Article by Mike Bell, Calgary Herald

Photograph by: Grant Black, Calgary Herald

Photograph by: Grant Black, Calgary Herald


Raghav’s new album, The Phoenix, is released today.

It’s tough, in this day and age, being a single guy. Especially when you want to be so much more.

Calgary musician Raghav Mathur appreciates the dilemma, because it’s one he’s dealing with as he gets set to release his debut North American full-length The Phoenix, which drops today in Canada, on the Victoria-based Cordova Bay label.

To many in this part of the world, the artist, who performs and records under his first name only, is known for dance hits such as Fire, Top of the World and the track So Much featuring Canuck hip-hop artist Kardinal Offishall, but he’s hoping with the release of The Phoenix, people will get a more complete picture of what and who he is.

“For those that have heard the singles, the album is nothing like the singles,” Raghav says, while sitting in Mount Royal tea house Steeps. “I often wonder if the day of the album is dead, and if this is something very few people will actually get to listen to and care about. But it’s important to me because the depth, musically, to me, on the album, supersedes that of the singles. I’d like people to know there’s more musicality to me than simply the singles – which I am proud of.”

And, it’s difficult not to look favourably on those tracks – all of which are included on the new album – and at the dance-pop side of his career, and it would be foolish not to note them.

There’s Fire, which earned a number of radio award nominations and got some play in the Dome during games by his be-loved Flames; Love, which was originally written for Michael Jackson, who died before he could record it; and then there are the three songs he recorded with rising superstar U.K. producer Labyrinth, which Raghav is particularly excited about, considering the producer was signed by Simon Cowell and has just released his own album, which is expected to top the charts overseas. “I’m proud that he was able to give me the time when he’s at the top of his game,” Raghav says.

But still, the 31-year-old is hoping that those who may have dismissed him or even embraced him as merely a pop artist might look past those to see some of the ballads and more adult contemporary tracks on the record, which show off his greatest attribute and the reason he got into music as a child and seriously in his teens.

“The one thing that gets lost in the mix when you hear a (song) like Fire or Top of the World – which are fun singles – is that sometimes I forget I’m a singer. And I forget that what I actually do is sing. I do so much else throughout my day to keep my head above water, to have a career, even after selling a million records, sometimes it’s frustrating that you forget what you do is you sing,” he says. “And the album, I’m glad when I sit down to listen to it, I go, ‘Wow, I’m glad that (song’s) on there’ so that people who go, ‘That’s a cheesy (song),’ or, ‘That’s a pop (song),’ they can say, ‘Actually, this guy can sing.’ “That will hold me in good stead if I get the breaks.”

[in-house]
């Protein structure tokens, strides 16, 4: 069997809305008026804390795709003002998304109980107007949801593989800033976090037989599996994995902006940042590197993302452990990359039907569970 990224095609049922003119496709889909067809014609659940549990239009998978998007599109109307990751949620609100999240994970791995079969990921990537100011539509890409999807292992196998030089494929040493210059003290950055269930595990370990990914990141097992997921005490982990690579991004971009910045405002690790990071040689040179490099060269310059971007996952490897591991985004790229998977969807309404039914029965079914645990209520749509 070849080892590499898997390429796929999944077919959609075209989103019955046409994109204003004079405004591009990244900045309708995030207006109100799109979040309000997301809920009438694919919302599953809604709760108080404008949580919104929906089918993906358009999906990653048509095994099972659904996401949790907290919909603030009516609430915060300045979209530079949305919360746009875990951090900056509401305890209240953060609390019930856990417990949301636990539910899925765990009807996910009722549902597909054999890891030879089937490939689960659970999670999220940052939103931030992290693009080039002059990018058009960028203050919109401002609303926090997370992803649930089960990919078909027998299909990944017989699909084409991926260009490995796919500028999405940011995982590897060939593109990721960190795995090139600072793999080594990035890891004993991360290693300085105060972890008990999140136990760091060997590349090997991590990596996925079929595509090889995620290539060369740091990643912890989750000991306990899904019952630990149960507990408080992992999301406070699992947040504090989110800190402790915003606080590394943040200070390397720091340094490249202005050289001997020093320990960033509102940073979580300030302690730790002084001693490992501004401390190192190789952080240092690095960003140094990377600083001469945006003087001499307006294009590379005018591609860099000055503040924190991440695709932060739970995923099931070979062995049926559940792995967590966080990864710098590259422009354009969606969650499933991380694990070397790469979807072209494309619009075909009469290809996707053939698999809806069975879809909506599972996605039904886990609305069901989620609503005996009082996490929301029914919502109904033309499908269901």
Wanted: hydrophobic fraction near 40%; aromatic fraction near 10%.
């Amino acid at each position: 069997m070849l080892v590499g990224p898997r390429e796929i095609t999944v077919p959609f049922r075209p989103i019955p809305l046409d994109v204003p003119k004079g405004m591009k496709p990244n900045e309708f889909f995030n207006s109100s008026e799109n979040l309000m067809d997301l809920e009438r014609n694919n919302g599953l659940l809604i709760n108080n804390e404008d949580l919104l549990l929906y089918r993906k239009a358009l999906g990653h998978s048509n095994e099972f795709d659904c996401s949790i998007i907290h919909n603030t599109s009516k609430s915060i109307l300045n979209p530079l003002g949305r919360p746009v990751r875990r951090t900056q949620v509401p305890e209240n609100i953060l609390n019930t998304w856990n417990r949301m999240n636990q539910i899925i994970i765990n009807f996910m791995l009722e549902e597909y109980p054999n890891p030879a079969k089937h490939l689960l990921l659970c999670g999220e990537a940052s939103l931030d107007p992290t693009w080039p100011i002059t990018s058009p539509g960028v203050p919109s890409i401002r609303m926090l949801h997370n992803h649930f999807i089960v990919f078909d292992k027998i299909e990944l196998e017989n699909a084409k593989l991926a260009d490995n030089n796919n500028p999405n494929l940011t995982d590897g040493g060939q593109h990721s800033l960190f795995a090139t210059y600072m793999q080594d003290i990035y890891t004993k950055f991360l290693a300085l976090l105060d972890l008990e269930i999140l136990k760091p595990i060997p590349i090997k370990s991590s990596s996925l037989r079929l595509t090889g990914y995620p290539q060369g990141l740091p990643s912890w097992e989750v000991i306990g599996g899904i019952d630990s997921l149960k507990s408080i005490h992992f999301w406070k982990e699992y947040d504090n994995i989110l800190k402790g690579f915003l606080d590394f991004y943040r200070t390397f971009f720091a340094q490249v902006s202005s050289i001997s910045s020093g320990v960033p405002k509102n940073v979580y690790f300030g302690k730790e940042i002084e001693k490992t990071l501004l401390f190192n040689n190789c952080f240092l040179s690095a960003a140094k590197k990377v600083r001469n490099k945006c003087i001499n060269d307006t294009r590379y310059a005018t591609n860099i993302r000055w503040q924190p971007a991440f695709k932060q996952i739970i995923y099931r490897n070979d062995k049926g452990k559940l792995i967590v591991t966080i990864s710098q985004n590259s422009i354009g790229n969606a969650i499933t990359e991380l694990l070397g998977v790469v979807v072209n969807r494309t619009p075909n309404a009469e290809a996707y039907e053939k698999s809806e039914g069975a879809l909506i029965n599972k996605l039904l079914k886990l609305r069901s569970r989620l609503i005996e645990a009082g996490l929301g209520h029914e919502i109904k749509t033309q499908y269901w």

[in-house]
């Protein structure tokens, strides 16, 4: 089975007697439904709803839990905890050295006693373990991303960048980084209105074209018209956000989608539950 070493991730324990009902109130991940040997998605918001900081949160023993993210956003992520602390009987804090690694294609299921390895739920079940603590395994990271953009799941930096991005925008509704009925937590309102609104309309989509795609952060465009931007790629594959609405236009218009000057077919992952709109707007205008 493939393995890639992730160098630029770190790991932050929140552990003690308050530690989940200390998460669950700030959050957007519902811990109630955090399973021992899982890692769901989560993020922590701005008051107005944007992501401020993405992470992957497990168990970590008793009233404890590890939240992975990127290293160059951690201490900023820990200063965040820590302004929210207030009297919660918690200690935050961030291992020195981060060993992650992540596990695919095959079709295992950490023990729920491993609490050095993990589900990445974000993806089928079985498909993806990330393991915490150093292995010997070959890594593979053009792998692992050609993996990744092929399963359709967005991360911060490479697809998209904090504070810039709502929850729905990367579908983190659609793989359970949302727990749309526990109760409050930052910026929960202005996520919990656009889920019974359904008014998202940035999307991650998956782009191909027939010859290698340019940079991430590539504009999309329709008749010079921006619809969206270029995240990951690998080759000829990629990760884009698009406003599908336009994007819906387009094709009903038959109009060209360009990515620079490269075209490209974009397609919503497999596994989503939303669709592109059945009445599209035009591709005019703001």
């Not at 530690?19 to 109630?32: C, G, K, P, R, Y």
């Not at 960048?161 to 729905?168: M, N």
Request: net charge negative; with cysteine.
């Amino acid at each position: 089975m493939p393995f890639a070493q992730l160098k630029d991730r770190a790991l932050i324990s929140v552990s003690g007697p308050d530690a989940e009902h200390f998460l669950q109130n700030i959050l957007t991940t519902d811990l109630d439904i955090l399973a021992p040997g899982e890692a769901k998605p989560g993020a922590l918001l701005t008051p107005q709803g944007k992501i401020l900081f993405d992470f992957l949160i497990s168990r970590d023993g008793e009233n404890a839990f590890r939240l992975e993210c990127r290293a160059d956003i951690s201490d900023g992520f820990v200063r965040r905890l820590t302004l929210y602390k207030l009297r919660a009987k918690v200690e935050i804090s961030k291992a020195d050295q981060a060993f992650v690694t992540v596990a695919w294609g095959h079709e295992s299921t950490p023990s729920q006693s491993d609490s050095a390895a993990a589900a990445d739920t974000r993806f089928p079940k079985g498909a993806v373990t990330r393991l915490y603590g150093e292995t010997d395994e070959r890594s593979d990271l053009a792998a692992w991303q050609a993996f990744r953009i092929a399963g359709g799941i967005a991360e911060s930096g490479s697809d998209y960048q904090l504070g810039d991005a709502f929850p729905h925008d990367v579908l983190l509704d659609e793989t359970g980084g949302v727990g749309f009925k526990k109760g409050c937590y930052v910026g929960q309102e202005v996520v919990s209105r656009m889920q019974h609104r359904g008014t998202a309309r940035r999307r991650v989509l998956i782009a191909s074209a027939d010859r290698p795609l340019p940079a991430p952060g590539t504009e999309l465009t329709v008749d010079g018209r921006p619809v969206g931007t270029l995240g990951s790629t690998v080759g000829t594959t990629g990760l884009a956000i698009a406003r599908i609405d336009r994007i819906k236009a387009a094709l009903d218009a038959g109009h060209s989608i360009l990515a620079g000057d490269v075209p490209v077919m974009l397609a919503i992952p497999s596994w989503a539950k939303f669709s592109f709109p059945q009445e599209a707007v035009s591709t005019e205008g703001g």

Again, his reference to selling more than a million records would seem to indicate that he’s had his share of breaks over the years which he admits he has. That’s especially true in Britain and more notably in India, where his two previous releases – Storyteller and Identity – were massive hits and made him a household name in that region a half-decade ago.

It also has led to another huge opportunity, which has nothing to do with the release of The Phoenix, but should, nonetheless, keep momentum going for the artist. Recently, Raghav began collaborating with A.R. Rachman, the Academy, Grammy, Golden Globe, BAFTA, etc. award-winning composer, songwriter and producer and man behind the music for Slumdog Millionaire. And as a result, Raghav should get some huge exposure thanks to an “international project” that’s in the works down in Los Angeles, as well as a Bollywood project they’re collaborating on for the Yash Raj production company in India.

“Those are the biggest films in Bollywood. They’re the epic films in Bollywood,” he says, noting he’ll have at least one, possibly two tracks in the film where he provides his voice and the com-poser provides his music. “With Rahman’s pedigree, the fact that he’s taken me in on some projects is pretty awesome,”

It says a great deal to Raghav’s talents that while attempting to break big in the western world, he can still keep his image up in South Asia where he had previous success. In fact, that skill is one he even shows off, proudly, on The Phoenix, with, among all of the material, a Hindi tune, Kya Se Kya Ho Gaya.

“I think it was hugely important to have that song on there,” he says. “I think it just finishes it off and says this is what this artist is all about. That’s what an album has to be all about, it has to tell a certain story about your range, your abilities, in a number of different way.

“So for me it was important to have that on. . . . And hopefully it helps show people who I am as an artist.”

A single man. And so much more.

mbell@calgaryherald.com Follow on Twitter @mrbell_23

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